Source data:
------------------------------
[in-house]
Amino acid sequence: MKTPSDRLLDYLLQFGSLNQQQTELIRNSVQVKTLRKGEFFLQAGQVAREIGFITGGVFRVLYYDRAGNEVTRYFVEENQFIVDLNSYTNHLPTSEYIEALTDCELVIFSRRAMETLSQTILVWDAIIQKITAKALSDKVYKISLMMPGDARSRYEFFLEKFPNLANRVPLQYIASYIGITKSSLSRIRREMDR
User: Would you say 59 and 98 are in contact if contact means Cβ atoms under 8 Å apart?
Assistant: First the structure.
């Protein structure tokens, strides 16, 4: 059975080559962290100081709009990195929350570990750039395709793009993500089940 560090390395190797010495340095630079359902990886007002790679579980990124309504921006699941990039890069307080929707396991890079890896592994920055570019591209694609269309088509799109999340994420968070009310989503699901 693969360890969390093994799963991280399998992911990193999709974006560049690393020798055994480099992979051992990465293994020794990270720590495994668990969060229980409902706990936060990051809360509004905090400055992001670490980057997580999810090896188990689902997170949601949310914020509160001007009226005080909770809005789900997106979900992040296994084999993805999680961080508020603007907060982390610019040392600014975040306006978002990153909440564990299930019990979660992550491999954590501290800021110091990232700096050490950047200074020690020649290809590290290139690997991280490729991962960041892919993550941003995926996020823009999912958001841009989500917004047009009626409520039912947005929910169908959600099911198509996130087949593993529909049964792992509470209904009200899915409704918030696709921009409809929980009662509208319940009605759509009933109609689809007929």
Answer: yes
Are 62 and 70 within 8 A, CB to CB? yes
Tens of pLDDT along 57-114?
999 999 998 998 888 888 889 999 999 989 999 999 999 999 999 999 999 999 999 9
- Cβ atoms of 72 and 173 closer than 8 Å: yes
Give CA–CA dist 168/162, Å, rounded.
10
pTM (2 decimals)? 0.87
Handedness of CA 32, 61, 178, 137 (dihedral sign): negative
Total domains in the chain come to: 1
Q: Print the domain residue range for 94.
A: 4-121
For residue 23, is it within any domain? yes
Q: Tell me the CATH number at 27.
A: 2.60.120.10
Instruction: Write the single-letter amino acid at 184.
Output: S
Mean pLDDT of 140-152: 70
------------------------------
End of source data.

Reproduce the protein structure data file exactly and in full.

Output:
[in-house]
Amino acid sequence: MKTPSDRLLDYLLQFGSLNQQQTELIRNSVQVKTLRKGEFFLQAGQVAREIGFITGGVFRVLYYDRAGNEVTRYFVEENQFIVDLNSYTNHLPTSEYIEALTDCELVIFSRRAMETLSQTILVWDAIIQKITAKALSDKVYKISLMMPGDARSRYEFFLEKFPNLANRVPLQYIASYIGITKSSLSRIRREMDR
User: Would you say 59 and 98 are in contact if contact means Cβ atoms under 8 Å apart?
Assistant: First the structure.
């Protein structure tokens, strides 16, 4: 059975080559962290100081709009990195929350570990750039395709793009993500089940 560090390395190797010495340095630079359902990886007002790679579980990124309504921006699941990039890069307080929707396991890079890896592994920055570019591209694609269309088509799109999340994420968070009310989503699901 693969360890969390093994799963991280399998992911990193999709974006560049690393020798055994480099992979051992990465293994020794990270720590495994668990969060229980409902706990936060990051809360509004905090400055992001670490980057997580999810090896188990689902997170949601949310914020509160001007009226005080909770809005789900997106979900992040296994084999993805999680961080508020603007907060982390610019040392600014975040306006978002990153909440564990299930019990979660992550491999954590501290800021110091990232700096050490950047200074020690020649290809590290290139690997991280490729991962960041892919993550941003995926996020823009999912958001841009989500917004047009009626409520039912947005929910169908959600099911198509996130087949593993529909049964792992509470209904009200899915409704918030696709921009409809929980009662509208319940009605759509009933109609689809007929």
Answer: yes
Are 62 and 70 within 8 A, CB to CB? yes
Tens of pLDDT along 57-114?
999 999 998 998 888 888 889 999 999 989 999 999 999 999 999 999 999 999 999 9
- Cβ atoms of 72 and 173 closer than 8 Å: yes
Give CA–CA dist 168/162, Å, rounded.
10
pTM (2 decimals)? 0.87
Handedness of CA 32, 61, 178, 137 (dihedral sign): negative
Total domains in the chain come to: 1
Q: Print the domain residue range for 94.
A: 4-121
For residue 23, is it within any domain? yes
Q: Tell me the CATH number at 27.
A: 2.60.120.10
Instruction: Write the single-letter amino acid at 184.
Output: S
Mean pLDDT of 140-152: 70